You may remember the rise and fall of the file sharing website Napster in the early 2000s, and maybe you burned some CDs in the past. You may have felt these activities were relatively harmless, and you simply wanted to enjoy the music at no cost. Still, participating in activities like these could be considered music piracy.
Musical works are copyrighted and the unauthorized use or distribution of one can lead to a copyright infringement lawsuit. As one recent case shows, even Internet service providers can be held responsible if their customers commit online music piracy.
Grande Communications loses copyright infringement lawsuit
After a federal trial, Grande Communications, an Internet service provider, was found to have committed copyright infringement. The telecommunications company was ordered to pay over $46 million in compensation to several record labels.
The Recording Industry Association of America (RIAA) stated that Grande Communications willfully infringed on over 1,400 copyrighted music recordings. The RIAA also stated that Internet service providers cannot turn a blind eye to media piracy that utilizes their networks.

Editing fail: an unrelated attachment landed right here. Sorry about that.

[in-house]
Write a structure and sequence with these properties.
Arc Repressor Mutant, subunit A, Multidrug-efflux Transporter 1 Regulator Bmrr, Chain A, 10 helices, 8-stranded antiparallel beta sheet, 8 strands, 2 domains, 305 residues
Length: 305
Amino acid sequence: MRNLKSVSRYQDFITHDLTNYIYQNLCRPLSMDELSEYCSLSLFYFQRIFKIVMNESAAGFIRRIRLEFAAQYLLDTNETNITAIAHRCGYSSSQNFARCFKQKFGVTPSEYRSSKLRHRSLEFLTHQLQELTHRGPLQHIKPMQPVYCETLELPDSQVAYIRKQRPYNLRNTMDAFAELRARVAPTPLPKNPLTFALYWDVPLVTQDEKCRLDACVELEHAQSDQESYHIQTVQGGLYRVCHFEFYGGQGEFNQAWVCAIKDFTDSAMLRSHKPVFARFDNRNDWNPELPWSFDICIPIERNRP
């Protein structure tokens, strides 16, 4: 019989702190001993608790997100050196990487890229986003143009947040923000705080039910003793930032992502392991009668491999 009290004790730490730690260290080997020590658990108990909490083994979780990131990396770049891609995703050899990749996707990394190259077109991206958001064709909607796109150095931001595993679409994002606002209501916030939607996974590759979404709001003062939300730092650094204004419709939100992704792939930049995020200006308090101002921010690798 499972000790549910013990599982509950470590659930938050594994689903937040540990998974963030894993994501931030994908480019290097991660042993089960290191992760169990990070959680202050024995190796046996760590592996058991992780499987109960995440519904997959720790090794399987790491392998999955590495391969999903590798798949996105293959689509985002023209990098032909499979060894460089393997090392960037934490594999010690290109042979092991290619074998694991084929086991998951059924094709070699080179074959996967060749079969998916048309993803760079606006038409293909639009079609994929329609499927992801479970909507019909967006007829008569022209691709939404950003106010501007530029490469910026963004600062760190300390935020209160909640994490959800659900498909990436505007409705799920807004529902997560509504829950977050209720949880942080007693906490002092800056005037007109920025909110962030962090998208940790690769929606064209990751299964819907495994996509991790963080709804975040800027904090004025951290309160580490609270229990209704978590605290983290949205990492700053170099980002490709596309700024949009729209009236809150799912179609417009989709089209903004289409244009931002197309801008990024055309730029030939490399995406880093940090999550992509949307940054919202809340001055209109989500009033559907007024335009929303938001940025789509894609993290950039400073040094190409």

What is music piracy?
Music piracy was at the center of this recent court battle, but what exactly is music piracy?
Music piracy involves downloading and/or distributing unauthorized versions of copyrighted music. This may be done using a file-sharing service, stream-ripping software or via apps on a cellphone. Burning CDs and giving them to others also constitutes music piracy.
Music piracy is against the law and could subject you to civil penalties. Copyright infringement is akin to theft, as you are taking someone else’s creative work without their consent. If you are sued for copyright infringement you could end up owing thousands of dollars in compensation to the aggrieved party.
We all love our favorite songs, but musical recordings are not simply free to all. They are the property of those who created them. Music piracy is not permitted and those who commit it could find themselves in hot legal water, owing thousands to those harmed.